Last week, Walmart announced it will be teaming up with natural and organic food chain Wild Oats to bring a whole bunch of organic offerings into their stores. But that's not all. The announcement comes with a bold promise that their organic items will cost roughly a quarter less than the same offerings in other stores.
This is a game-changer.
The move will, theoretically, make organic items a whole lot more accessible to most Americans. This is good. It may also, perhaps, completely destroy the organic farming community. This is not so good.
Which is it going to be? While we won't know until the proposal becomes a reality, we can still speculate with a little game of On the One Hand/On the Other!
On the One Hand
The concept of expanding the accessibility of organic food by offering it at a low cost is not only a smart idea, it's a necessary one. As I concluded in my recent spiel about the decision to purchase organic over non-organic items, working on finding ways to lower the price point is the next step in organic's evolutionary process. One way is for the government to step in and offer organic farms subsidies. Another is, evidently, for a supergiant grocery chain to offer low prices and force the rest of the industry to follow suit.
See, this isn't some normal grocery chain we're talking about here. This is Walmart. They're inherently a trendsetter simply because of their massive size. Walmart jumping into organics is one thing, offering organics at a quarter of the price is an entire shake-up of the industry. And it's a shake-up that may take the supply side of things a bit to catch up:
An internal Walmart survey showed that 91 percent of its shoppers would buy organic if it were affordable, Marquardt said. But supply is a concern, which is why Walmart initially plans to sell Wild Oats organic products in just 2,000 of its 4,000 food stores.
But all signs point to supply catching up soon enough. And when it does, customers who haven't yet bought organic will give it a shot. And customers who already have will give Walmart a shot due to their low prices. The end result will be that other stores will be forced to find ways to match Walmart's low price, or get out of the game completely.
Meaning, the price of organics will be brought down and the whole world will be a happier and healthier place. Hooray!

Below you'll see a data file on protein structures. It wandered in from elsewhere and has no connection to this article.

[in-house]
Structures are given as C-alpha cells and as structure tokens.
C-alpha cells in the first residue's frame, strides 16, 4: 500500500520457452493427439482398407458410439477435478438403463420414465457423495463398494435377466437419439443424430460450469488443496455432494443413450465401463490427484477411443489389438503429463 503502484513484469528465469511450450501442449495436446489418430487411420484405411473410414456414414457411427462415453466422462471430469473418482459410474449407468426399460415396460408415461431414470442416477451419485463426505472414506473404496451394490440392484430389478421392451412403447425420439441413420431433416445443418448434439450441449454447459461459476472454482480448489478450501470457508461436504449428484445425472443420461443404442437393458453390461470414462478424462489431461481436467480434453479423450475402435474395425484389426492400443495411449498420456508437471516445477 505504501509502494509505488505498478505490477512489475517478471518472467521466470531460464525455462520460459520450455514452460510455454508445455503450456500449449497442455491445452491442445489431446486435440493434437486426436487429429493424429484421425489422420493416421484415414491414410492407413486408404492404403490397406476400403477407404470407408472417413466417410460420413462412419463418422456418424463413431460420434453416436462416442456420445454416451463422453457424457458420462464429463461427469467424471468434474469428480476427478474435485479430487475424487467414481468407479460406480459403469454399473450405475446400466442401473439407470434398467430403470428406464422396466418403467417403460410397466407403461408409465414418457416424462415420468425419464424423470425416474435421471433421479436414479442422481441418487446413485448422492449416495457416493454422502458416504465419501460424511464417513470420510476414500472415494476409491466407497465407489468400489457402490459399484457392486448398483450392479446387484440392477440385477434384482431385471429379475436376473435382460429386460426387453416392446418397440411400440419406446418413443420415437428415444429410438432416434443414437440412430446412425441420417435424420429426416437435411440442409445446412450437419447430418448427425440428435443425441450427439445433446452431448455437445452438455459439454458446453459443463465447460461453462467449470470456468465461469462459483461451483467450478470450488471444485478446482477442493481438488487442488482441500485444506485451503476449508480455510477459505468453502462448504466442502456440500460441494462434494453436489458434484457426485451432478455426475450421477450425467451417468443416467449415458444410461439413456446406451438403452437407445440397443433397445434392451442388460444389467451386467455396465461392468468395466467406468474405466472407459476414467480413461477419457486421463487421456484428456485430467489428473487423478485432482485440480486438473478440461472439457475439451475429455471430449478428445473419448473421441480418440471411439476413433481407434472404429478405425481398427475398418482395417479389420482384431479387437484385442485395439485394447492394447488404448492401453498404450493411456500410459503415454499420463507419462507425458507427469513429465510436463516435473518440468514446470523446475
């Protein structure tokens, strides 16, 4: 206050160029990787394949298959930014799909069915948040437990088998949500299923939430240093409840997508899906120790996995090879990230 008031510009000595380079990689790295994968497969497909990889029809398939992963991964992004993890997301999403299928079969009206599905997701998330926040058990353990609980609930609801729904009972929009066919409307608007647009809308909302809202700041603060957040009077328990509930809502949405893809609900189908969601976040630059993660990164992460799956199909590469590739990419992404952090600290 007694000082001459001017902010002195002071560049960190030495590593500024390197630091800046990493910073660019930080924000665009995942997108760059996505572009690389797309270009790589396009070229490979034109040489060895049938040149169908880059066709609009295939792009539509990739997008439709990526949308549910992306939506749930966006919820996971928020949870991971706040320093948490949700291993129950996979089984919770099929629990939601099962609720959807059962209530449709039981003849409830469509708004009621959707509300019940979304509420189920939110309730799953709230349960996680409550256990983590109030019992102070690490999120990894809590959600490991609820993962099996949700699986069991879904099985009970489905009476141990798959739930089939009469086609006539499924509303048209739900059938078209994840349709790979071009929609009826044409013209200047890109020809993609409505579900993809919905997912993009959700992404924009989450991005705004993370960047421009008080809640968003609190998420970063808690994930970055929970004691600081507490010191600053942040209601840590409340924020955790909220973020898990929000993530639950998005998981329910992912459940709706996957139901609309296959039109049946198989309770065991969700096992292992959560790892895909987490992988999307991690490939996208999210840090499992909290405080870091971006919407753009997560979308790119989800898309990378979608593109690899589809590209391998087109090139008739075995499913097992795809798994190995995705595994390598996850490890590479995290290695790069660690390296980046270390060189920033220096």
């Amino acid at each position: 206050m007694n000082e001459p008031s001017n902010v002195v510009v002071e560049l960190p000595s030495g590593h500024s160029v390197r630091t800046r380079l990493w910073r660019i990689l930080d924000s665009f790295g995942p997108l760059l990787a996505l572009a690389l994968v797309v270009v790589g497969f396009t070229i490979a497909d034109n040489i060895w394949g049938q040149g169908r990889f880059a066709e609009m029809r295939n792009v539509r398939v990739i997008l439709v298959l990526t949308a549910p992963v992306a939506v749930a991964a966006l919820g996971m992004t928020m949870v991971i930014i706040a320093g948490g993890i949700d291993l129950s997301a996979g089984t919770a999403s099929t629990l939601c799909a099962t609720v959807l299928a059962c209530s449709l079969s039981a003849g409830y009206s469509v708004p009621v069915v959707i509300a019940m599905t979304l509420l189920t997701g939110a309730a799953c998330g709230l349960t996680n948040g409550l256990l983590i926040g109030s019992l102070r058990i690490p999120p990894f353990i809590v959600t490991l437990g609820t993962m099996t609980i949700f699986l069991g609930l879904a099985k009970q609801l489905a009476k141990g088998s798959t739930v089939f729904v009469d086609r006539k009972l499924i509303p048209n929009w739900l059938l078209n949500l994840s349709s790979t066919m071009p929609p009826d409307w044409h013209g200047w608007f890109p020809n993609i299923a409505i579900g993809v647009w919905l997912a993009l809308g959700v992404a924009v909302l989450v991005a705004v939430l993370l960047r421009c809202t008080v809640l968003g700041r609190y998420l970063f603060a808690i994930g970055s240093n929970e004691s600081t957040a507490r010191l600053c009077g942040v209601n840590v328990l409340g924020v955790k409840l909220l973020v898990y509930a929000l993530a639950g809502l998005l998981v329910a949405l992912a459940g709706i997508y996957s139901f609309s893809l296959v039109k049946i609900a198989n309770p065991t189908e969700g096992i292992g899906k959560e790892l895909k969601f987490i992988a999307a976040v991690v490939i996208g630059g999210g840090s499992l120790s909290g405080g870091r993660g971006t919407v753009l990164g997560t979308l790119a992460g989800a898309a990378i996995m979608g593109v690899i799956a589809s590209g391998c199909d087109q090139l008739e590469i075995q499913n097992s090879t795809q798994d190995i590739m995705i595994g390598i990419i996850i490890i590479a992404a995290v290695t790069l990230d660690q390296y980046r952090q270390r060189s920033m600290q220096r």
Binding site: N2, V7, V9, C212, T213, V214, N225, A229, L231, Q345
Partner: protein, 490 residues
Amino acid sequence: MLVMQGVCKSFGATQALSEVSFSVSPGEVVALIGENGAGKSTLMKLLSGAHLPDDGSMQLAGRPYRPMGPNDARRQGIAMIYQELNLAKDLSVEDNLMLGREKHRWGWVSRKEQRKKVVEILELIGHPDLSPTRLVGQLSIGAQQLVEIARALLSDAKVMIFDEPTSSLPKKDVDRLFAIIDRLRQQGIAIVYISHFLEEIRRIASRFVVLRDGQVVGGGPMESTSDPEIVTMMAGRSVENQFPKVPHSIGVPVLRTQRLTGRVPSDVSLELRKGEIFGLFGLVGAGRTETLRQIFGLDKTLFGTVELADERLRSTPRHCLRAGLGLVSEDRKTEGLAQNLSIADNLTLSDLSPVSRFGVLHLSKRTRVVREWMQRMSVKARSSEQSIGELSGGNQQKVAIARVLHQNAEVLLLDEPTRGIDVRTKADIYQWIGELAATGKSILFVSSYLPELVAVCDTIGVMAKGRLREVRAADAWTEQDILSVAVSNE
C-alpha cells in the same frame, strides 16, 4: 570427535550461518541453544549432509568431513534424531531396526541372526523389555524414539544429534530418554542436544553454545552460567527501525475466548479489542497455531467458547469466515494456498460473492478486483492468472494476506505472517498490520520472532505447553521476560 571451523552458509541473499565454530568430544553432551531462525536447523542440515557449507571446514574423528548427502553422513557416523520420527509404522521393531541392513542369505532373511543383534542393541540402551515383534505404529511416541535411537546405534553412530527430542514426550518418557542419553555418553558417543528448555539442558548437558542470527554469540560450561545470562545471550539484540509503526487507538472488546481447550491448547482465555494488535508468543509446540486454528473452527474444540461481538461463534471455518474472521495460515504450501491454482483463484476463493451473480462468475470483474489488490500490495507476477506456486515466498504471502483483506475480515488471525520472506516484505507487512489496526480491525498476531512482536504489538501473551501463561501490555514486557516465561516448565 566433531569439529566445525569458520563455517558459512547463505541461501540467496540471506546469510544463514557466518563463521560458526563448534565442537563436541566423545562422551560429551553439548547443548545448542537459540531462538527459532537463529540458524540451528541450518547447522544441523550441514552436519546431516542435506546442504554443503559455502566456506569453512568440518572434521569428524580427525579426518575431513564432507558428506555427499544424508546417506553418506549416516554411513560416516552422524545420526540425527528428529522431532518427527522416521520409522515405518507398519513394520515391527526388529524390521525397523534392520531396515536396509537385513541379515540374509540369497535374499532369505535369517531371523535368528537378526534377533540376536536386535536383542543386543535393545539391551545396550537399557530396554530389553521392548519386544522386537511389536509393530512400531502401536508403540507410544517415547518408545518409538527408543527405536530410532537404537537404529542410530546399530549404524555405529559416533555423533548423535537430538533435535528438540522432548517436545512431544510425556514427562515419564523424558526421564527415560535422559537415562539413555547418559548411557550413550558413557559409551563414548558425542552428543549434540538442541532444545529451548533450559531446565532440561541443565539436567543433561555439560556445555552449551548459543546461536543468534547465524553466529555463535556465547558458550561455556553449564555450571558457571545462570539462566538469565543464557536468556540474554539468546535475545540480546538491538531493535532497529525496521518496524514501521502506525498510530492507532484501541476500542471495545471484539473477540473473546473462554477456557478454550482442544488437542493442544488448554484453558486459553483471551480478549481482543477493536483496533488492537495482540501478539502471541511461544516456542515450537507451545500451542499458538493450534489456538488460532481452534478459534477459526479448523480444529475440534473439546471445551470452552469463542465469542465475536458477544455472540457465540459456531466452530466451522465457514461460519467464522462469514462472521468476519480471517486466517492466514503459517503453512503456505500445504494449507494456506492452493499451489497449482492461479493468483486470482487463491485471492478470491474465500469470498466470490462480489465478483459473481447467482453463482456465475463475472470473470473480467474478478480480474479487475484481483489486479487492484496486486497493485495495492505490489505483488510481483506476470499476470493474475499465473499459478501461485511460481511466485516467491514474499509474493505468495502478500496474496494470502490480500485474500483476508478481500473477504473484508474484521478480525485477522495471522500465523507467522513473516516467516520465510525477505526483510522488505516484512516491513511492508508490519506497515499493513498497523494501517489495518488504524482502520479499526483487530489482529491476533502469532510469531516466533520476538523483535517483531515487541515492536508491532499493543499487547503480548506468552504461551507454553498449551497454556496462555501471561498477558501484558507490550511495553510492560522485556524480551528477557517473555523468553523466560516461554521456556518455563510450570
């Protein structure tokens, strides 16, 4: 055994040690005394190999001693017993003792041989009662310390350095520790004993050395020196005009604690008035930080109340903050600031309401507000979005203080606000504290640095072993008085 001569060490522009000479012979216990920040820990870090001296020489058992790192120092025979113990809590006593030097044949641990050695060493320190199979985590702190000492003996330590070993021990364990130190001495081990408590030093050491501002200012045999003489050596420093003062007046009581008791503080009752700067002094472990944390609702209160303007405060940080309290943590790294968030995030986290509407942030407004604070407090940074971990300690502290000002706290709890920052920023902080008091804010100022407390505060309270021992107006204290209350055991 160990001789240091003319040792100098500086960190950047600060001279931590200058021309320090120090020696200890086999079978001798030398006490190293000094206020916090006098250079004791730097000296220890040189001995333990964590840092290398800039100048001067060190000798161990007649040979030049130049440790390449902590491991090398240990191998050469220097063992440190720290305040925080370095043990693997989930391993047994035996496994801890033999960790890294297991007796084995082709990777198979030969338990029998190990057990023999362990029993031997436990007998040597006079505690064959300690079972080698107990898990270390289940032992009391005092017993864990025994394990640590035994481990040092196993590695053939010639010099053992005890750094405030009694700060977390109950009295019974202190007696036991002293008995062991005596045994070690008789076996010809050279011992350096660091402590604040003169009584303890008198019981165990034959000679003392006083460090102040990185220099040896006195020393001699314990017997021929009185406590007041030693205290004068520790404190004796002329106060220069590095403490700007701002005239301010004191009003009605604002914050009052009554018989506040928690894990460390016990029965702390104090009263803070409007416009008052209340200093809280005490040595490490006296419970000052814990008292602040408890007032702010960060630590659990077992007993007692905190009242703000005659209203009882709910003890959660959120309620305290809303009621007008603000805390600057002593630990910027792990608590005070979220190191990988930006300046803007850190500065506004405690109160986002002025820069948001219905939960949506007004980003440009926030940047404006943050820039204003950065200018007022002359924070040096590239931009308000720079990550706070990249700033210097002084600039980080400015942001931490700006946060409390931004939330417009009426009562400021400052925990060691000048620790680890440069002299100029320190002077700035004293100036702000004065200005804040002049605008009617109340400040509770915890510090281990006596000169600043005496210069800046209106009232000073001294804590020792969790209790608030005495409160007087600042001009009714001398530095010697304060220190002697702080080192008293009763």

On the Other
Or, maybe not.
One of the biggest things to keep in mind is that organic food isn't expensive just because organic farmers are greedy. It's more expensive because it costs more to produce:
One of the problems is the high barrier that needs to be surmounted to gain USDA organic certification. Under the program, any land used to produce organic commodities must not be treated with non-organic substances for three years before it can be certified. Livestock must be treated organically from before birth.
So the question then becomes two-fold: How is Walmart going to offer a low price? How will this affect organic farmers?
The first one's the easiest to answer: It's cheaper to buy in bulk. Because Walmart can promise to buy a certain amount (in this case, a very large amount) of organic food, farmers can make their items in bulk -- thus lowering the cost of production -- knowing they have a place to sell them. The problem with this is that only large-scale organic farms have the ability to produce quantities of that size, meaning those are the only ones that will get into the Walmart aisles.
Which wouldn't be that big of a deal if Walmart was sticking to the normal price for organics. But by changing the price point, other stores will have to adjust, meaning the new norm may be large-scale organic farms. And that's where things start to get scary:
In this model, farmers adhere to just the bare minimum of organic standards and ultimately end up depleting soil health on a piece of land, abandoning it, and moving on to another.
In other words, the same thing that happened to create large-scale non-organic farms may happen to organic ones. Small farms may be bought up and pushed out, only allowing the huge conglomerates to survive. And then they'll begin to take on the corporate philosophy of just doing the bare minimum to retain whatever the USDA claims "organic" means. And we'll all be worse off because of it.
Which scenario's going to play out? It's way too early to tell. But the fact is that entire game of organic food is about to be changed. Let's hope it's for the better.
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